Insurance is a prerequisite for partner drivers on rideshare companies such as Uber — but there are several major problems for insurers covering the space
Uber has battled accusations that its platform is unsafe since the early days of its operation, and as the risks facing its drivers and customers continue to persist, insurance remains a costly aspect of each rideshare company’s business model. Peter Littlejohns speaks to former Ping An Group chief innovation officer Daniel Tu about why he believes these risks aren’t isolated to Uber and why no insurtech company has successfully overcome them.
Rideshare giant Uber reported almost 3,000 instances of sexual assault by its drivers in the US between 2017-2018, with 229 involving rape. There were also nine murders.
The US is the only country where such a report has been compiled, but with a 2017 Freedom of Information request revealing 48 sexual assaults were reported to the Metropolitan Police in London between February 2016 and 2017, it’s not an isolated issue.
The firm lost its licence at the tail end of last year due to safety concerns, including a change in Uber’s platform that allowed anybody with access to a driver’s account to upload their own photograph.
According to TFL, this led to 14,000 uninsured trips, some of which were with unlicensed drivers. One was conducted by a driver with a police caution for distributing indecent images of children.
On December 24, Uber co-founder Travis Kalanick effectively severed ties with the company he started in 2009 by leaving its board of directors — although it’s unclear how much the above contributed to his decision.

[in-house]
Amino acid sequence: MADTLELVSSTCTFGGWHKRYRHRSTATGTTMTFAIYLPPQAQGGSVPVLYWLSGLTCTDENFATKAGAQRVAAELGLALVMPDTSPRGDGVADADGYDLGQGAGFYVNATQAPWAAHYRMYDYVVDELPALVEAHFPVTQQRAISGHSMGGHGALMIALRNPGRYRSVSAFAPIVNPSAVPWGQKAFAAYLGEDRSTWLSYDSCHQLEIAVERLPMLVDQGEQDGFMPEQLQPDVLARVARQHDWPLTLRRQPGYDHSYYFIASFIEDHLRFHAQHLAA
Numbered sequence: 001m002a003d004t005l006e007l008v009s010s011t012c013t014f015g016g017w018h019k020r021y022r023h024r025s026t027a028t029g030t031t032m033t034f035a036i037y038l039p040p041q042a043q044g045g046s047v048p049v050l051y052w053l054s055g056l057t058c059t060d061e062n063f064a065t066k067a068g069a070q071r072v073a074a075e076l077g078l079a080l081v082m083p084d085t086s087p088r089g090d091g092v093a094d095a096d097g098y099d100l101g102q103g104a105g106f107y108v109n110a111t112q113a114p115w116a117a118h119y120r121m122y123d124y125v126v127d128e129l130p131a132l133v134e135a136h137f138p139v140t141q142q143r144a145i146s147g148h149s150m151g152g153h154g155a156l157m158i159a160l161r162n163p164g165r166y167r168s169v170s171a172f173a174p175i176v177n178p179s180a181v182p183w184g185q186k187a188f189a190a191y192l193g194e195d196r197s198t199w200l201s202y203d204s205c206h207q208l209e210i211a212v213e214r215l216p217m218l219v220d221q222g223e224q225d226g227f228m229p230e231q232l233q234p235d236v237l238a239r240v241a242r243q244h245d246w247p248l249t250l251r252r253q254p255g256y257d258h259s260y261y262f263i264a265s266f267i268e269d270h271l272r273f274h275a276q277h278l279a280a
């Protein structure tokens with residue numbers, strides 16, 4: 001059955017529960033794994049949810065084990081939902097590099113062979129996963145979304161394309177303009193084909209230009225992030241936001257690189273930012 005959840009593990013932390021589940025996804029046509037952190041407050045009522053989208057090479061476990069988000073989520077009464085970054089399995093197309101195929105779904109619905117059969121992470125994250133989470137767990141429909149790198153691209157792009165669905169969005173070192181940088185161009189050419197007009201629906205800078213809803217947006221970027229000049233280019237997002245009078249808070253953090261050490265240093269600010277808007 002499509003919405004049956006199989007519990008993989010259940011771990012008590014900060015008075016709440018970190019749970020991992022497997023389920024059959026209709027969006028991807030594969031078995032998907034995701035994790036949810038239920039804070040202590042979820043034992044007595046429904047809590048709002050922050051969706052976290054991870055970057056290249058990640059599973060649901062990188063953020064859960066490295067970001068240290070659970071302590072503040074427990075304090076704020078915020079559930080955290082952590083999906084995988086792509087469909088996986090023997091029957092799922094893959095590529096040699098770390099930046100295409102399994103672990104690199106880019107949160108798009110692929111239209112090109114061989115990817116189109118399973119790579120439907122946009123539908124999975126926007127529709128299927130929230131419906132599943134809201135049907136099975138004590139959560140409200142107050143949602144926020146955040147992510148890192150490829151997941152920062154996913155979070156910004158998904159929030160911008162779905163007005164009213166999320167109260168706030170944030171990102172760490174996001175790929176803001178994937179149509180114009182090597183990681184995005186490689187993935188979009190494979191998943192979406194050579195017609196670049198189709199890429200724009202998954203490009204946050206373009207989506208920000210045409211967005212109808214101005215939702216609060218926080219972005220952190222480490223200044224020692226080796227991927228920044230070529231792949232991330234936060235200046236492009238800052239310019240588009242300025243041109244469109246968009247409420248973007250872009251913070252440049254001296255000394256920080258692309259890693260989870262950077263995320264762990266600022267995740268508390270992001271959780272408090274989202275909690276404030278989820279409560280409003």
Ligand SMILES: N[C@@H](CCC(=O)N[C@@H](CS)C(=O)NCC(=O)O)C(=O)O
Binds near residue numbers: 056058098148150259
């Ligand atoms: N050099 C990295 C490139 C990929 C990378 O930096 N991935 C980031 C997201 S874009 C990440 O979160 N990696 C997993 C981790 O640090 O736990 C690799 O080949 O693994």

Daniel Tu, the former chief innovation officer of Ping An Group, one of China’s largest insurance conglomerates, says the licence revocation won’t have a dramatic impact on the company or the insurance partners carrying its risk.
“London is just one market,” he says.
“If it was Lyft losing a major licence in a large city in the United States, I’d say that it would have some effect on the insurer partners the company works with — but Uber is global.”
The industry veteran — who now invests and advises insurtech companies through his company Active Creation Capital — says the larger issue for insurers and rideshare companies is none of the current insurance arrangements cover the entire risk profile of drivers.
Rideshare insurance given ‘carte blanche’ despite change in risk from personal to commercial activity
Two newer players in the rideshare insurance sector, Zego and Inshur, have taken the approach of collecting real-time telematics data to better assess risk.
This is used in tandem with more general information about average trips, locations driven, and driver ratings, to inform the price paid for coverage.
But while Uber recommends both companies to its driver-partners — Tu argues that neither they nor any others have a product that covers drivers for their personal and commercial use of a vehicle on a constant basis.
“When they use that car to drive for Uber, or Lyft, or any of the platforms in Europe or Asia, then you’re getting into commercial territory, and none of the insurtechs really cover, 24/7, both business and personal use,” he adds.
The issue becomes further complicated by the range of activities drivers on a rideshare platform might undertake, as well as the change in risk when a passenger is picked up — two things, he says, aren’t currently accounted for by the market.